New roles for protein modifications in cell migration

lloprotease) protease, a family of secreted or membrane proteins first identified as components of various snake venoms, where they have hemorrhagic and anti-coagulatory effects. ADAM-family proteases have been implicated in a number of human physiological and pathological processes, including blood coagulation disorders, rheumatoid arthritis and asthma. These proteins act to proteolytically release membrane-bound growth factors or to disrupt components of extracellular matrices such as collagen and proteoglycans (which help to build skin and soft tissue), and their roles in development and differentiation are the focus of interest in many research labs.

Nishiwakifs team analyzed a number of mutations that result in aberrant gonadal phenotypes similar to those seen in mig-17 mutants, including the mutation of the gene that encodes MIG-23. This protein was found to be structurally related to nucleoside diphosphatases (NDPases), glycosylating proteins found in the Golgi apparatus, the intracellular processing center where proteins are modified, sorted and released from the cell. Glycosylation involves the addition of a sugar to a site on a protein chain, a post-translational modification whose roles are incompletely understood, but which is thought to serve a regulatory function in some signaling molecules. On further investigation, MIG-23 mutants showed reductions in NDPase activity. The wild-type MIG-23 protein successfully rescued yeast mutants for NDPase, lending solid support to the case for the NDPase nature of MIG-23.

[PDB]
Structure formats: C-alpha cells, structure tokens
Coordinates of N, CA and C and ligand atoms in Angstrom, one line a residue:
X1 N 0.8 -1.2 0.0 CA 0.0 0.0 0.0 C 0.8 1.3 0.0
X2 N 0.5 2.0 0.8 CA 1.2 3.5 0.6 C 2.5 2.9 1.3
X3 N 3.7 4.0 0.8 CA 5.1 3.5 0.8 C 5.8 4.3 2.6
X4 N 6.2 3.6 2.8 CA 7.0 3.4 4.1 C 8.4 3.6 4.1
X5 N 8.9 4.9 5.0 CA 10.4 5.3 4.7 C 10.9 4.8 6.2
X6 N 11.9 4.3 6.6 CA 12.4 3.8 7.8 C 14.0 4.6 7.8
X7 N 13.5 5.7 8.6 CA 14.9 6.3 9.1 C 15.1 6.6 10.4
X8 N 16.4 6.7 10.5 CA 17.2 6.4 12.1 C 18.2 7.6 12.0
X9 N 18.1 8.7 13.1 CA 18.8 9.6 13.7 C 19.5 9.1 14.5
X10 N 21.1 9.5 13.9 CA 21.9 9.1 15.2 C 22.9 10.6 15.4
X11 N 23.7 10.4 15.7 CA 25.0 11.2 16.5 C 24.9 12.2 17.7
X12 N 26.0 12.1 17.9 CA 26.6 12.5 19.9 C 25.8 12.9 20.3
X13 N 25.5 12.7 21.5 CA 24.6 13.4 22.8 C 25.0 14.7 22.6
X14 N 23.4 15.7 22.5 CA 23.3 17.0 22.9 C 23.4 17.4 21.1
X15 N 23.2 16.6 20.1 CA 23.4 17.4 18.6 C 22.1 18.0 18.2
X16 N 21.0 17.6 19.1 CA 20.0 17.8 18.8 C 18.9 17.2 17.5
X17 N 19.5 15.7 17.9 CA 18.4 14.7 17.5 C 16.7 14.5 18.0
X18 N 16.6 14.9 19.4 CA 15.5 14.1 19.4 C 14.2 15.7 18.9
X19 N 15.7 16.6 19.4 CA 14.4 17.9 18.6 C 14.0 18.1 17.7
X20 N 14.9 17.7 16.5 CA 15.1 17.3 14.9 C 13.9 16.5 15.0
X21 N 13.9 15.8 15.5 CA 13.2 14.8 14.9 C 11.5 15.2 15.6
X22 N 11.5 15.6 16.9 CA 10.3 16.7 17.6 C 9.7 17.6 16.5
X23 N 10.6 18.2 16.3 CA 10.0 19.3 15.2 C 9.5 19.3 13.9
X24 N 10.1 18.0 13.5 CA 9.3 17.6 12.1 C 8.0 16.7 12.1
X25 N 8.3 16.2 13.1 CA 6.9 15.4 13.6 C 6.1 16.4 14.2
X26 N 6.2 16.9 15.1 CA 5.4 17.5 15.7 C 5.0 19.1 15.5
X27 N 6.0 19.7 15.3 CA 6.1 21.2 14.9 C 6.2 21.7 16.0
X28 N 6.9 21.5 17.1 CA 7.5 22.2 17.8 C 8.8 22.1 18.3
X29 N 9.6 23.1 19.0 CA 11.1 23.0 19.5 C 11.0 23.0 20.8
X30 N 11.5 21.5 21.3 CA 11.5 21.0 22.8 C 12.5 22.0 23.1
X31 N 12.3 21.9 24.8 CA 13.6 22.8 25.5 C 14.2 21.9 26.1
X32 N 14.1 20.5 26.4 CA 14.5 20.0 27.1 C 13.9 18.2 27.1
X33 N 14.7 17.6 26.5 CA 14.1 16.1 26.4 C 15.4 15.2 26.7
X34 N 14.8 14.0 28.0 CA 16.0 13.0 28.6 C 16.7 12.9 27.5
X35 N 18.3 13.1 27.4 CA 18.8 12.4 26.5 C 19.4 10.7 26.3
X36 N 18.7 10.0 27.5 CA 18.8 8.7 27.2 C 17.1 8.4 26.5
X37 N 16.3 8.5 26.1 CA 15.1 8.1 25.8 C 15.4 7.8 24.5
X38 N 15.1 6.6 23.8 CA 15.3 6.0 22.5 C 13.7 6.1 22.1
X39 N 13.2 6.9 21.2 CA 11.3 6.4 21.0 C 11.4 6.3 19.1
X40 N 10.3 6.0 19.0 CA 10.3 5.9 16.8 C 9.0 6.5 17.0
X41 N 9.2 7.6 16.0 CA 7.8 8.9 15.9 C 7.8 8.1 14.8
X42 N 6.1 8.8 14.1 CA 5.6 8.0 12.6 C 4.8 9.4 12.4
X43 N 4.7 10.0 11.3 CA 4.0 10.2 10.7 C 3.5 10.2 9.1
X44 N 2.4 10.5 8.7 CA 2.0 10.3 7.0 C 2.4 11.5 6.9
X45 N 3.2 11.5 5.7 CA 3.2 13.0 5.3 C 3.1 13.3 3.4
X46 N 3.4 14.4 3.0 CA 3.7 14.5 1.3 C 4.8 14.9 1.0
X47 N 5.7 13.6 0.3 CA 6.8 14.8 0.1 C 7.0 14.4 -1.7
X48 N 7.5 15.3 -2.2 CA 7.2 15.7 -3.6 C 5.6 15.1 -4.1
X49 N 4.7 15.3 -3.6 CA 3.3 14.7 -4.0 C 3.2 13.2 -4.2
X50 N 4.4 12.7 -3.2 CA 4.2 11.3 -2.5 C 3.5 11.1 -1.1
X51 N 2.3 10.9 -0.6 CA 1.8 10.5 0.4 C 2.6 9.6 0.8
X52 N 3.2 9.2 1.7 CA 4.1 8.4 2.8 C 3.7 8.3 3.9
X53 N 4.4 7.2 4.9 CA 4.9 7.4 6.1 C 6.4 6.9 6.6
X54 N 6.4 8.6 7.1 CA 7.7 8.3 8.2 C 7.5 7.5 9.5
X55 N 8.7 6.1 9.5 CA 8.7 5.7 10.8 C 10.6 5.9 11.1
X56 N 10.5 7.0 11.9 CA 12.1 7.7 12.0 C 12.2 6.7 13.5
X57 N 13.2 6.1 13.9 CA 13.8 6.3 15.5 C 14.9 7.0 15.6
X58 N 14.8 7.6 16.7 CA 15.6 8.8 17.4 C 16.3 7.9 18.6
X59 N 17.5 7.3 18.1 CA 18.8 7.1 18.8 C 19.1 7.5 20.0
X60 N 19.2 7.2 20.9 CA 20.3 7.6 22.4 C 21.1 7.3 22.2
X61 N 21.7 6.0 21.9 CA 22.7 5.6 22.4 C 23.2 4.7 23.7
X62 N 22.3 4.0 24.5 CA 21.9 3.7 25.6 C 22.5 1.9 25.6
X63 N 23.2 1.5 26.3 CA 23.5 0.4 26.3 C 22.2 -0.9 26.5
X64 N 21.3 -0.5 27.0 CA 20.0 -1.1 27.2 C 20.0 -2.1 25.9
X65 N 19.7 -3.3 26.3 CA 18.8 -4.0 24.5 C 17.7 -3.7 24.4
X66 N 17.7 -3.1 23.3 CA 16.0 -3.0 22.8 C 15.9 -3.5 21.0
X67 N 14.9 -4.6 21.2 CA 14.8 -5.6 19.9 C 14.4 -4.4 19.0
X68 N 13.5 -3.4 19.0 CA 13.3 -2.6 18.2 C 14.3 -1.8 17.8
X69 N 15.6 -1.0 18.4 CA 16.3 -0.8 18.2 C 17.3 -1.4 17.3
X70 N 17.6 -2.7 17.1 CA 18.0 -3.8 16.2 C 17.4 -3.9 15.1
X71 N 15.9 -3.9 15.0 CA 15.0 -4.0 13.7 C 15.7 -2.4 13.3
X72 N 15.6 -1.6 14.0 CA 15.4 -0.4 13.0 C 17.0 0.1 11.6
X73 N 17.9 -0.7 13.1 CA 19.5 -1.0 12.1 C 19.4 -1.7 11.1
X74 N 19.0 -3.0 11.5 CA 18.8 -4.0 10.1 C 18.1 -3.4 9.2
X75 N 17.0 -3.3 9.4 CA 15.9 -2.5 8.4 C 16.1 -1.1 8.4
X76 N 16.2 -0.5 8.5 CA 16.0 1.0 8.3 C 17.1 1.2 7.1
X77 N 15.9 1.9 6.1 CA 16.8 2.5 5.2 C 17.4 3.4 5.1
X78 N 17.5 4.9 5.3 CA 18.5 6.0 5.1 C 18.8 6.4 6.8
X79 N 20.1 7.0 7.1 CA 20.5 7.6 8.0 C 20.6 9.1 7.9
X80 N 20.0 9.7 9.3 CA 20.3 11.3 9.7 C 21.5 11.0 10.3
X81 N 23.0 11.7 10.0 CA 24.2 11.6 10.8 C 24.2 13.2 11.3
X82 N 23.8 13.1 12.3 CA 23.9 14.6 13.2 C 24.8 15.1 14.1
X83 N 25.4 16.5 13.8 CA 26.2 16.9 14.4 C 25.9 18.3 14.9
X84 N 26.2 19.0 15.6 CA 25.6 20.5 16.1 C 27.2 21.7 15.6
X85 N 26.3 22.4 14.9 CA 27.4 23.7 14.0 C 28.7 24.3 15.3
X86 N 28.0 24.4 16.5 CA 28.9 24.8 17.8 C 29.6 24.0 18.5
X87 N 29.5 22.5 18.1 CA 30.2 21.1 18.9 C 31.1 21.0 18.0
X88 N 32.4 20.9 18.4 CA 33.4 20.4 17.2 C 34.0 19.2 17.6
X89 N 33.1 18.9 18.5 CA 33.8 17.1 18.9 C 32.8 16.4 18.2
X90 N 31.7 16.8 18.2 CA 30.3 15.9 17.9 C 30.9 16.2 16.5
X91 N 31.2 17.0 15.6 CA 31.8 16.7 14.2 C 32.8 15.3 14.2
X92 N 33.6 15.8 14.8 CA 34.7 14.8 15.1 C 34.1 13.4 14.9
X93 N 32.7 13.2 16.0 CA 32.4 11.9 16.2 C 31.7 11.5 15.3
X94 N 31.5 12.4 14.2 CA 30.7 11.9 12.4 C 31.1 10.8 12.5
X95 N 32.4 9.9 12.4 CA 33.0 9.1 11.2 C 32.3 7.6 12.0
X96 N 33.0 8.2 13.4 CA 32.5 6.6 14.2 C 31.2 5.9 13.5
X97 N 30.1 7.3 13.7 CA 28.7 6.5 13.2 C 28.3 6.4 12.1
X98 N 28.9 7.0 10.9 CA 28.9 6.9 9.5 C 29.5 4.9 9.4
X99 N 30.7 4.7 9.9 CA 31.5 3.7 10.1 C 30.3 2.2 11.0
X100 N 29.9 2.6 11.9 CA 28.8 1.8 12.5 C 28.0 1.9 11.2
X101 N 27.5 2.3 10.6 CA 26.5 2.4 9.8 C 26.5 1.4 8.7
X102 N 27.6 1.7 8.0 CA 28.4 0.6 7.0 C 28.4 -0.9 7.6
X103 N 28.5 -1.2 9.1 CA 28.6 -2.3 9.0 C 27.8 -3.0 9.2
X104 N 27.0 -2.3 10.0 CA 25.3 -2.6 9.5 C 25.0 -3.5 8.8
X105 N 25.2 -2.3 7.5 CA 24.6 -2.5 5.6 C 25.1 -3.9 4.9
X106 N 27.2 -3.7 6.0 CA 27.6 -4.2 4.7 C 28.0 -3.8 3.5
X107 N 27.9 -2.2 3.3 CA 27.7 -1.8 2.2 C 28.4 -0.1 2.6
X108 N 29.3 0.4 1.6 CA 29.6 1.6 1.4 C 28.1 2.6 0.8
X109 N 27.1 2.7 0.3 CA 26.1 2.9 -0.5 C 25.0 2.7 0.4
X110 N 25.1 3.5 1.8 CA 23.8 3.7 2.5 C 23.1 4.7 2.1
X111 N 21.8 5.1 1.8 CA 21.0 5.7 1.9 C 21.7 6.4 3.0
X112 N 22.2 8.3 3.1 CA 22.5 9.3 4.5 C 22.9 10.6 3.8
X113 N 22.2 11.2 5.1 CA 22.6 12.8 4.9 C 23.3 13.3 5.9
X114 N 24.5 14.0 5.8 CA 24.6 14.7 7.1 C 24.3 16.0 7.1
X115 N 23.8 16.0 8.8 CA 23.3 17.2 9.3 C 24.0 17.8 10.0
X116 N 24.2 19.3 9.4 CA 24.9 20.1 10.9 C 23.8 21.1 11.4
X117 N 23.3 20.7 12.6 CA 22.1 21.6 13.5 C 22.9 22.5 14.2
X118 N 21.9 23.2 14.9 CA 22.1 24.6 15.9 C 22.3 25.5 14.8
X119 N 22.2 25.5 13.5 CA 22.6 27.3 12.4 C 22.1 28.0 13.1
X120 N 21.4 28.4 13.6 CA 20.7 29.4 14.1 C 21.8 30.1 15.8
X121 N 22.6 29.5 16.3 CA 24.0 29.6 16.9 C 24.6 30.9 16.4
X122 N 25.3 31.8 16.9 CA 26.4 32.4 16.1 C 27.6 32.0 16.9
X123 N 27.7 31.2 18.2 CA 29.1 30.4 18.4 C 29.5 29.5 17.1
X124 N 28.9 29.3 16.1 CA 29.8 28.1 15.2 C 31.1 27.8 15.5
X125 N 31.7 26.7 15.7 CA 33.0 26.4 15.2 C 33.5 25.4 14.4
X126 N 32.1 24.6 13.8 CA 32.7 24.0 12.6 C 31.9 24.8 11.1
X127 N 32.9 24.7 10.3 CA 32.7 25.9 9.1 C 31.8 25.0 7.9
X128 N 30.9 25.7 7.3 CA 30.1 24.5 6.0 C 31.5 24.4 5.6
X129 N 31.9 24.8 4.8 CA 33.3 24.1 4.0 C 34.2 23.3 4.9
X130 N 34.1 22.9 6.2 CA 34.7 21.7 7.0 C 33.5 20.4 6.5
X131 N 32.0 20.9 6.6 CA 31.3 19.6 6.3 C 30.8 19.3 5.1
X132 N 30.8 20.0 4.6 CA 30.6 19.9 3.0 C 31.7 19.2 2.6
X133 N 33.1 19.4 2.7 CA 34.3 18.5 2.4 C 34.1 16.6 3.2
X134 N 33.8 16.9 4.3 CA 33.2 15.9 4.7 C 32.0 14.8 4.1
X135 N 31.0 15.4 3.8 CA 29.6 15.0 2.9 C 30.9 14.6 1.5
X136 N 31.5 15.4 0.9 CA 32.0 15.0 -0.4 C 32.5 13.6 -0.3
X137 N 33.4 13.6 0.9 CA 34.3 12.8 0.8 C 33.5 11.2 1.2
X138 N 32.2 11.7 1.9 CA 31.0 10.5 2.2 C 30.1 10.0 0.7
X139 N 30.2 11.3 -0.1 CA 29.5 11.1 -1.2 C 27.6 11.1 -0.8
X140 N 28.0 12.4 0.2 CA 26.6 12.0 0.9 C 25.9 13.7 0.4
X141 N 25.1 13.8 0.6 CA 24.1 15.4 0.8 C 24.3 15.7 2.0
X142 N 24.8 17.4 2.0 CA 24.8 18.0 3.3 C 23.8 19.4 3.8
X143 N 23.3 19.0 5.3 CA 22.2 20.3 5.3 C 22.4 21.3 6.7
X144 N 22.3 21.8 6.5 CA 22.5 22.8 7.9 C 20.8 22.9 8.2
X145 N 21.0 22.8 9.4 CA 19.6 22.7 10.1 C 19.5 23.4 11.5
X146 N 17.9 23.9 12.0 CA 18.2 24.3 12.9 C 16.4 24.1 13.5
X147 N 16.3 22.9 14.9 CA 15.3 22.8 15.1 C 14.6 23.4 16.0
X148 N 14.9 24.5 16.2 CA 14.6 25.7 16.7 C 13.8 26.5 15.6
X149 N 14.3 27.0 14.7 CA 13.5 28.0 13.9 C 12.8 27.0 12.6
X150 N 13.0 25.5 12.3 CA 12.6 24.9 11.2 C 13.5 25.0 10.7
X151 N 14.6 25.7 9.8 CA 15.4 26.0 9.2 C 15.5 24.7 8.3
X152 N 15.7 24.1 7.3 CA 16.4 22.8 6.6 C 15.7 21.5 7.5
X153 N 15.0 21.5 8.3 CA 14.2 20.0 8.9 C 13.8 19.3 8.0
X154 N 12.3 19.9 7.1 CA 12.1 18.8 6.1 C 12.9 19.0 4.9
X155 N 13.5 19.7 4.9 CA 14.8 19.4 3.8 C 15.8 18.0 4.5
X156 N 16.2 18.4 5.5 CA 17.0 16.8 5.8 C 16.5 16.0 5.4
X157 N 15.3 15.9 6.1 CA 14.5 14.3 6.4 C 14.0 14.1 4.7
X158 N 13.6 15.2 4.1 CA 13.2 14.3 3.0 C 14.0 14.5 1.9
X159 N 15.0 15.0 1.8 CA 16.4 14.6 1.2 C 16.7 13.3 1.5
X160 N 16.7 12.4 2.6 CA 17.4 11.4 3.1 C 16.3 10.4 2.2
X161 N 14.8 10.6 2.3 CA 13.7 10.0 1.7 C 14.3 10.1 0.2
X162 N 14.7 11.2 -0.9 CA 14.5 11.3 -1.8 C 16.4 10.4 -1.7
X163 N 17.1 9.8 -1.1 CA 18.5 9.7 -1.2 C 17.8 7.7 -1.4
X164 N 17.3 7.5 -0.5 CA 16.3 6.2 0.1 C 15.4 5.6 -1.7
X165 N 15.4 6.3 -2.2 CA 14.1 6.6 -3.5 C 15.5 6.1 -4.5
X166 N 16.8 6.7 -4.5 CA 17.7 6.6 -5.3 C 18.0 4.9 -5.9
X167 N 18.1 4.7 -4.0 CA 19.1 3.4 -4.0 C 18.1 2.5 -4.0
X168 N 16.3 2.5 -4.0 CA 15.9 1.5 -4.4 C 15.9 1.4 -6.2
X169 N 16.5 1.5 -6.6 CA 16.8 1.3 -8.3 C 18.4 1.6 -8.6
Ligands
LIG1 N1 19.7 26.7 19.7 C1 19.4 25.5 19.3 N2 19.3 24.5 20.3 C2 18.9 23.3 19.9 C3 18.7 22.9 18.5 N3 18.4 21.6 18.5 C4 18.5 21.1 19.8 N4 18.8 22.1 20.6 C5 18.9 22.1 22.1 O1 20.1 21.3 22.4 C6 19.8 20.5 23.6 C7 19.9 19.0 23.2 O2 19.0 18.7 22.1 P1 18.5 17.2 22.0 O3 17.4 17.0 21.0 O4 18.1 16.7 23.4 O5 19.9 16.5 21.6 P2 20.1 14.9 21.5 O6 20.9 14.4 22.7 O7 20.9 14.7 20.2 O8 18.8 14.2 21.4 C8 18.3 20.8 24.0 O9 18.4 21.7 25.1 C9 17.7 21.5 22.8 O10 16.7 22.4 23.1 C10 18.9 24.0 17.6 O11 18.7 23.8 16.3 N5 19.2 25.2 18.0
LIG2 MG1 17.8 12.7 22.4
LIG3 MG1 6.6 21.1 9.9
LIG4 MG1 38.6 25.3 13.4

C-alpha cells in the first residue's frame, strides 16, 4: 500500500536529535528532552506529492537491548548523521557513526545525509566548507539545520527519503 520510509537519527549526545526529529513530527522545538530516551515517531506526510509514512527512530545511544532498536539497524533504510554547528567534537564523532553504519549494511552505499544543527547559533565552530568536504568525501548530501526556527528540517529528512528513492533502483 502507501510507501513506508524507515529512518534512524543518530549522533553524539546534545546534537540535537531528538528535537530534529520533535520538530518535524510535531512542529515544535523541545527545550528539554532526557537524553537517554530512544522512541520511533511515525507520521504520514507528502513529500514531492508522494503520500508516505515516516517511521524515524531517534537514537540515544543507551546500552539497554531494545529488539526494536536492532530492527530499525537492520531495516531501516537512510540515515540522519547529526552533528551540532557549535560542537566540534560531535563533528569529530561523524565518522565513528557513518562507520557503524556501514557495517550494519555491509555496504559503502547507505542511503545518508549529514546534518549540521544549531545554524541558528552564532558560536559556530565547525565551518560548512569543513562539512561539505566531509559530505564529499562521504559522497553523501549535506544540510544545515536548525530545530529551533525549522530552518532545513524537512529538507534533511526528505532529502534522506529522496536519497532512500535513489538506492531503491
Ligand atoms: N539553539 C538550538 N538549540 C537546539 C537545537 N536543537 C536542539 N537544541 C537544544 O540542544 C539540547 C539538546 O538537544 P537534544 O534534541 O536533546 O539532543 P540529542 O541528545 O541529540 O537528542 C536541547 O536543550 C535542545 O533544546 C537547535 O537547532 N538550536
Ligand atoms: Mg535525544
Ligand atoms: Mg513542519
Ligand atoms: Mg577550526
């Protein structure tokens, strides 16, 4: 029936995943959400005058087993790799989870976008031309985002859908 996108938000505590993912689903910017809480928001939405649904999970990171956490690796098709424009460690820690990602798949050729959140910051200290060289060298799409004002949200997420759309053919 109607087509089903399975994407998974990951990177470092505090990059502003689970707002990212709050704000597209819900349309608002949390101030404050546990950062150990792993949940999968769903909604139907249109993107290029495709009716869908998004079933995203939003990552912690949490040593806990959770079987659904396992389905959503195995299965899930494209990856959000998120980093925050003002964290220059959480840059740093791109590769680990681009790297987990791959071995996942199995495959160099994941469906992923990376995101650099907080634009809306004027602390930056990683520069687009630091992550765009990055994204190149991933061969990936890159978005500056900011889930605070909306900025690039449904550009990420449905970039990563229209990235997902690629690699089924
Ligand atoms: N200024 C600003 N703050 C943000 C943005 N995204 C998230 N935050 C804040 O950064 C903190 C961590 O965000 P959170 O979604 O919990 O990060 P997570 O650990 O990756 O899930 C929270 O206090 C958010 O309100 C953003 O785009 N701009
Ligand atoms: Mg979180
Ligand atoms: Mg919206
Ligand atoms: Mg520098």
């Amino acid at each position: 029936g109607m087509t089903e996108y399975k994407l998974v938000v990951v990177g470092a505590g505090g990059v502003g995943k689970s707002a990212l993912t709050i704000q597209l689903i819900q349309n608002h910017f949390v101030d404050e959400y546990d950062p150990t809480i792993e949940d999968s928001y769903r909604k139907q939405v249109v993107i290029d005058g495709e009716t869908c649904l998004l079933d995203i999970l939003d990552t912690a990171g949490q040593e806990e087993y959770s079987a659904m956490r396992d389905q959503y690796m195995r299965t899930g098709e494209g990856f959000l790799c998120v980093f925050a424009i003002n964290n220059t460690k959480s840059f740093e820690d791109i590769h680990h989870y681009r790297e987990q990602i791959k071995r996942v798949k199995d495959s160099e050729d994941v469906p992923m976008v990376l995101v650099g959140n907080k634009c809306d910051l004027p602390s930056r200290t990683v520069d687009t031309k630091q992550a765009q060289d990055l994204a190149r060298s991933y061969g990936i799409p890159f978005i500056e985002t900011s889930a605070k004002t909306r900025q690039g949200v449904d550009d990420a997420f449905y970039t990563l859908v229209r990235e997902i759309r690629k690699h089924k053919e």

The similarity between the MIG-23 and MIG-17 phenotypes suggested that the mutation of MIG-23 might result in abnormal MIG-17 glycosylation. Using gel electrophoresis, Nishiwaki and colleagues demonstrated that MIG-17 molecules in MIG-23 mutants had lower than normal molecular weights consistent with the loss of glycosylation, while immunoblotting studies confirmed that in these mutants MIG-17 failed to bind sugars at the normal l

Contact: Doug Sipp
RIKEN Center for Developmental Biology

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